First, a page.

Hueber: Sure. Granted as long as the cash market is strong that is really still our true market but that is going to be regionalized. Not that basis is terribly weak anywhere but there are going to be certain points, particularly when you start looking at eastern Iowa where they really had some crop problems last year, don't have the inventory there, the only way to get that corn into those users in that neck of the woods is to get the basis strong enough to bring it from an area that is a little more plentiful. So the upside I guess when you get in situations like this they're certainly unknown and we could see some I don't want to say unheard of but we’re already seeing prices we haven't seen since 2011, 2012. That said, underneath this market yes we are probably chipping away at some of the demand. And I don't -- we talked a little bit in the last show about what is going on in China. Yes they have been a phenomenal buyer to this point. But they don't tell us exactly what they're planning on doing and in fact they might even try to mislead us a little bit. So I think if they are truly having an African swine fever problem we're not really being notified of that. We know that they are encouraging alternative uses. And you almost hate to say it but I think domestically we're just now starting to see food inflation show up in the numbers. And we haven't seen any real panicky type of situation there. But I would not put it beyond anybody in the federal government to say, well we maybe need to pull back on some of our blending requirements if that started getting out of hand and the consumer started complaining about food prices.

Yeager: Right, which was its own story this week in the Supreme Court that the renewable fuel industry was arguing about exemptions and it's the government arguing on behalf of the farmer. All of a sudden they might be arguing on behalf of themselves if that becomes the case. But Dan, the question about how high can corn go, come Monday we've got limit changes. We've already seen the number of contracts expand. It has been an interesting year just from that. So with that volatility ingredient coming come Monday, we were up 10% last week in July corn, 6% this week, we could easily start next week with a 7 if we keep on that pace.

Hueber: The only real assurance you have is the volatility is going to go higher. That doesn't necessarily mean we have to bring in that many buyers that are going to accelerate it into $8 corn as we saw in 2012. But all that said, sure the possibility is there but again, just adding more contracts, expanding limits, absolutely it's going to increase the volatility. But does that mean people are going to put as much money there as maybe in another alternative that is out there? And one thing I guess we haven't really spoke about is what has been happening in the dollar. And ultimately that could come back and have quite a bit of bearing or at least create some headwinds in what is going on. So the dollar was nice first quarter rally, three weeks lower, three weeks in a row lower and then out of the blue here we turned around with a very sharply higher close today. So maybe that's just a one day bump to the upside. But if it's a reversal, which I kind of tend to think longer term it looks like the dollar is going to move higher, here again psychologically that starts working against the commodity people.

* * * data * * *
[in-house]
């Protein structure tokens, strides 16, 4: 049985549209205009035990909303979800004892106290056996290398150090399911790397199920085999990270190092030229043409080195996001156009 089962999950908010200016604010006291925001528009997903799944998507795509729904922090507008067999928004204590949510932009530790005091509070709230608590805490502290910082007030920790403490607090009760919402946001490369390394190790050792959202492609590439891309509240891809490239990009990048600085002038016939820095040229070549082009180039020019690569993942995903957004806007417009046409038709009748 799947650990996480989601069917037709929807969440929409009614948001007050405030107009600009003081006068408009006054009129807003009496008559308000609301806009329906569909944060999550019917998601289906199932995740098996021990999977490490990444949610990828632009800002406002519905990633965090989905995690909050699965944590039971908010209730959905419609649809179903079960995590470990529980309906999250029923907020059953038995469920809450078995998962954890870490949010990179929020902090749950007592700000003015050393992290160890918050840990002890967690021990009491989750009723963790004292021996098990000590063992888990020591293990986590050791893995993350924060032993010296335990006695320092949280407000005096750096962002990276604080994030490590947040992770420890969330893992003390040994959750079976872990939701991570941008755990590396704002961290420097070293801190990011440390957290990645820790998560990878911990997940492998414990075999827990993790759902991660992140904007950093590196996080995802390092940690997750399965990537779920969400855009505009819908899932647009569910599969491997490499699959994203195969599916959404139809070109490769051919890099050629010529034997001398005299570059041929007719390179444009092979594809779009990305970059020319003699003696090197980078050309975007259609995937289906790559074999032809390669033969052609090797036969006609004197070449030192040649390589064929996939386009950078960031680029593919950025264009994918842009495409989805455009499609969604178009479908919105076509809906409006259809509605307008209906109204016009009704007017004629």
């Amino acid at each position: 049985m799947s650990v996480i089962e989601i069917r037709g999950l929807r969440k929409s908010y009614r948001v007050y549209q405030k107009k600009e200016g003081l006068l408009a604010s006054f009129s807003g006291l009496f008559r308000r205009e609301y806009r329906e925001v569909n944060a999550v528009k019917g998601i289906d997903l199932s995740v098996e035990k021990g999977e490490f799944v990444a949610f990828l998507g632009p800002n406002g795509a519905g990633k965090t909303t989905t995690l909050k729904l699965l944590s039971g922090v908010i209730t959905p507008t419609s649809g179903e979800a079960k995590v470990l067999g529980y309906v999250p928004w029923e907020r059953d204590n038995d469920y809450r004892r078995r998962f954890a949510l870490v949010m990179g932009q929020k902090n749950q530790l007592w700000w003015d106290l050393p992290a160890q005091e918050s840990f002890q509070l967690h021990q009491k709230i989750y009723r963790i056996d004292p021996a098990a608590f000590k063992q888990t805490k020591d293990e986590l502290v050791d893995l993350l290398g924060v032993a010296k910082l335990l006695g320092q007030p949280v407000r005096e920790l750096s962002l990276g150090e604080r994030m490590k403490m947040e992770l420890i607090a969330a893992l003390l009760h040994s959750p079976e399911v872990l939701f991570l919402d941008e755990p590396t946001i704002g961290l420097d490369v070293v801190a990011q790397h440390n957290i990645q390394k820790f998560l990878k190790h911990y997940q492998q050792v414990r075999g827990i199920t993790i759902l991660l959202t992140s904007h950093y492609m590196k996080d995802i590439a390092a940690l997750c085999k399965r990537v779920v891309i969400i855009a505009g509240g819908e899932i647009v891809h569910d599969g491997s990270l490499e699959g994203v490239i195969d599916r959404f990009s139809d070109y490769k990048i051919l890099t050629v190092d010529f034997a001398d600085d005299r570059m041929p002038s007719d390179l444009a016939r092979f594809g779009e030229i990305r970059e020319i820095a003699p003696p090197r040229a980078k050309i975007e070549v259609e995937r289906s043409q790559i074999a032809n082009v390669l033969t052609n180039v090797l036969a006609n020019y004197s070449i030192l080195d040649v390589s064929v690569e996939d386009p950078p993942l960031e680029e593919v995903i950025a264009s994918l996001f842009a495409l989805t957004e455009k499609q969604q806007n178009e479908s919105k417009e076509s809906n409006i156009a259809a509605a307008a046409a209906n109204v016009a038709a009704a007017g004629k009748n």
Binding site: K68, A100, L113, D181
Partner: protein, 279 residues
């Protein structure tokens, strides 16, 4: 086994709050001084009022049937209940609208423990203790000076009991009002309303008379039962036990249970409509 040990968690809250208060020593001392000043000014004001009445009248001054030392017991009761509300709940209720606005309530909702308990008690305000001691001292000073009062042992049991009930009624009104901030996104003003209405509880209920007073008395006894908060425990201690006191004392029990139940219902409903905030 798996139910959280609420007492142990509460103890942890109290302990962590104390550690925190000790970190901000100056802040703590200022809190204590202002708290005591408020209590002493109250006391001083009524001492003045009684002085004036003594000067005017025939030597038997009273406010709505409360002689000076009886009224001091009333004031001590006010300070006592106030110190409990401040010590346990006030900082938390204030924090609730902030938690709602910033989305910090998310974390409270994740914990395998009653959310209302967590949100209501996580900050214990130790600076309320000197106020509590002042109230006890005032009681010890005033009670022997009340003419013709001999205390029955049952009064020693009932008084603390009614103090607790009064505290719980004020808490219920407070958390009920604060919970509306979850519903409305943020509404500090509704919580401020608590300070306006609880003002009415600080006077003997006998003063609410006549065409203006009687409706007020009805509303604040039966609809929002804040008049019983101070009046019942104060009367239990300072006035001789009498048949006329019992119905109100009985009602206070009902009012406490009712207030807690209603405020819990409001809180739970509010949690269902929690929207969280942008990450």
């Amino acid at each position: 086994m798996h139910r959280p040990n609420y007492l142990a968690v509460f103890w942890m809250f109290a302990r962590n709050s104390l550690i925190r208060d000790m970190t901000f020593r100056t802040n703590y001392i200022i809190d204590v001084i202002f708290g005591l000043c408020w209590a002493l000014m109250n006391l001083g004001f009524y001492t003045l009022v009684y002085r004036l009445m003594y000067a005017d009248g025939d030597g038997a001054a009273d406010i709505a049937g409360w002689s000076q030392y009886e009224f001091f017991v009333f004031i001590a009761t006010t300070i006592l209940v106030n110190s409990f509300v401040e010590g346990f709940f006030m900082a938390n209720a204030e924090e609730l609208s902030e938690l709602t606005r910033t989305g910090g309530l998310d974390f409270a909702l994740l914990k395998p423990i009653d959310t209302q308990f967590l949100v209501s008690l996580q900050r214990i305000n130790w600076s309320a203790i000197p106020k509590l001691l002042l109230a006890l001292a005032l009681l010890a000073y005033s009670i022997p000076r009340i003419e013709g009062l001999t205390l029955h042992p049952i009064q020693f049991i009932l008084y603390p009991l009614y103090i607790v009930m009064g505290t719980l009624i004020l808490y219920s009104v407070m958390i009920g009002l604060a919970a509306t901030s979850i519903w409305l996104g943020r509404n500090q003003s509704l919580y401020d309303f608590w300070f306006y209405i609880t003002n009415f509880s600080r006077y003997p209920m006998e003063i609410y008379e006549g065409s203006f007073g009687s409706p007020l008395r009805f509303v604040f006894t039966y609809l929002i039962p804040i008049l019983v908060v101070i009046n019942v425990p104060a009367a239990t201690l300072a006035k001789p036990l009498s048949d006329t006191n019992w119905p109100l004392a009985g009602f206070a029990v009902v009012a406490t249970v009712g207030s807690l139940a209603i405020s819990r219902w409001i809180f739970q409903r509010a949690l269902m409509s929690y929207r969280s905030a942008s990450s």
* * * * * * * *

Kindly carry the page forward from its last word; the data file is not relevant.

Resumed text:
Yeager: I think you and Aaron in Ocheyedan, Iowa were reading from the same book this week. Aaron was asking, is this ancient wisdom? He said Matthew 24:6, you will hear of peaks and rumors of peaks but see to it that you are not alarmed. Such things must happen but the rally end is still to come. You said that too this week.

Hueber: I did.

Yeager: What made you say that?

Hueber: Well, I think it's pretty easy to get wrapped up in the moment. It's pretty easy to hear about this was the, we peaked yesterday, we reversed lower. Well, again, if you would have looked at the markets at 9:30 this morning boy you would have had a pretty good case saying uh-oh, we finally exhausted this and then here we turn around with a higher close. Keeping in mind that it is the end of the month you can exaggerate moves whenever that is the case. But I think we're going to see plenty of times that if I had any hair left I would worry about losing it.

Yeager: Well, that's going to be I guess my final question. Have we just begun to see crazy times?

Hueber: Well, considering that we've got the most critical three months of weather in front of us it's hard to imagine not. Yes. And granted if you just look at a normal seasonality in volatility, volatility generally doesn't peak until the end of June. So right there you've got 60 days of what could be some increasing volatility just on a regular basis. So it's not going to be for the faint of heart.

Yeager: Take your meds. Do your breathing exercises. Drink plenty of water, Stay hydrated. All of those things to help your stress.

Hueber: Get a ball and squeeze on that.

Yeager: I'm going to have a really strong hand soon. All right, Dan Hueber, good to see you. Thank you so very much.

Hueber: Likewise, thank you very much.

Yeager: Good to see you. And thank you for joining us. Next week we will look at the agricultural leaders dealing with the push and pull of China and Angie Setzer will join us to break down the markets. Thank you so very much for watching. Have a great week.